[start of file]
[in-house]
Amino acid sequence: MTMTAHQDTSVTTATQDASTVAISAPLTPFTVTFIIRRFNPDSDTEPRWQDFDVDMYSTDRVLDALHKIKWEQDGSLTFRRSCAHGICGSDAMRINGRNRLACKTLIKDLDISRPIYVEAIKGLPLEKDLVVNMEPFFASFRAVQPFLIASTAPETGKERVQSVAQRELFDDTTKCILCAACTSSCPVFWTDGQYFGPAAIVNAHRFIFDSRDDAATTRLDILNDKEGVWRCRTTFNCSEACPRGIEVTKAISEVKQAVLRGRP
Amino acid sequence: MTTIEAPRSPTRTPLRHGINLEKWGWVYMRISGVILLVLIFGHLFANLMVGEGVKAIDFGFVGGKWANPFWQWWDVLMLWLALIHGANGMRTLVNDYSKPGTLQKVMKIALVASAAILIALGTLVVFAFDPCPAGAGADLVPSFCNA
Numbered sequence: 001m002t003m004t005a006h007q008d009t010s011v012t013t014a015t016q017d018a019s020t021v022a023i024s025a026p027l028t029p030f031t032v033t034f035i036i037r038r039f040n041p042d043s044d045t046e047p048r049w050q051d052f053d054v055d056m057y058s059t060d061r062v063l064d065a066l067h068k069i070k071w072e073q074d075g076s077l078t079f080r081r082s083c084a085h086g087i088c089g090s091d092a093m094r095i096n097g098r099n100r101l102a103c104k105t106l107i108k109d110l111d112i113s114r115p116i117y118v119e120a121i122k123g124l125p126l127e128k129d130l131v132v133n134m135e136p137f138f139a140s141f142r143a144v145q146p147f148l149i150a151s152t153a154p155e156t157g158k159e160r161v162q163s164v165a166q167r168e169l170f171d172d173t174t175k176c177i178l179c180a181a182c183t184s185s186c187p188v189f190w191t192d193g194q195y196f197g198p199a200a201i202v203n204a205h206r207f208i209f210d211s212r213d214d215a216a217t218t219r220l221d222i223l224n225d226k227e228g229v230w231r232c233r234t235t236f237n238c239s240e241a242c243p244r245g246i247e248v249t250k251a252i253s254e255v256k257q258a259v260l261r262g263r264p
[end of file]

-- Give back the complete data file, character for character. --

[in-house]
Amino acid sequence: MTMTAHQDTSVTTATQDASTVAISAPLTPFTVTFIIRRFNPDSDTEPRWQDFDVDMYSTDRVLDALHKIKWEQDGSLTFRRSCAHGICGSDAMRINGRNRLACKTLIKDLDISRPIYVEAIKGLPLEKDLVVNMEPFFASFRAVQPFLIASTAPETGKERVQSVAQRELFDDTTKCILCAACTSSCPVFWTDGQYFGPAAIVNAHRFIFDSRDDAATTRLDILNDKEGVWRCRTTFNCSEACPRGIEVTKAISEVKQAVLRGRP
Amino acid sequence: MTTIEAPRSPTRTPLRHGINLEKWGWVYMRISGVILLVLIFGHLFANLMVGEGVKAIDFGFVGGKWANPFWQWWDVLMLWLALIHGANGMRTLVNDYSKPGTLQKVMKIALVASAAILIALGTLVVFAFDPCPAGAGADLVPSFCNA
Numbered sequence: 001m002t003m004t005a006h007q008d009t010s011v012t013t014a015t016q017d018a019s020t021v022a023i024s025a026p027l028t029p030f031t032v033t034f035i036i037r038r039f040n041p042d043s044d045t046e047p048r049w050q051d052f053d054v055d056m057y058s059t060d061r062v063l064d065a066l067h068k069i070k071w072e073q074d075g076s077l078t079f080r081r082s083c084a085h086g087i088c089g090s091d092a093m094r095i096n097g098r099n100r101l102a103c104k105t106l107i108k109d110l111d112i113s114r115p116i117y118v119e120a121i122k123g124l125p126l127e128k129d130l131v132v133n134m135e136p137f138f139a140s141f142r143a144v145q146p147f148l149i150a151s152t153a154p155e156t157g158k159e160r161v162q163s164v165a166q167r168e169l170f171d172d173t174t175k176c177i178l179c180a181a182c183t184s185s186c187p188v189f190w191t192d193g194q195y196f197g198p199a200a201i202v203n204a205h206r207f208i209f210d211s212r213d214d215a216a217t218t219r220l221d222i223l224n225d226k227e228g229v230w231r232c233r234t235t236f237n238c239s240e241a242c243p244r245g246i247e248v249t250k251a252i253s254e255v256k257q258a259v260l261r262g263r264p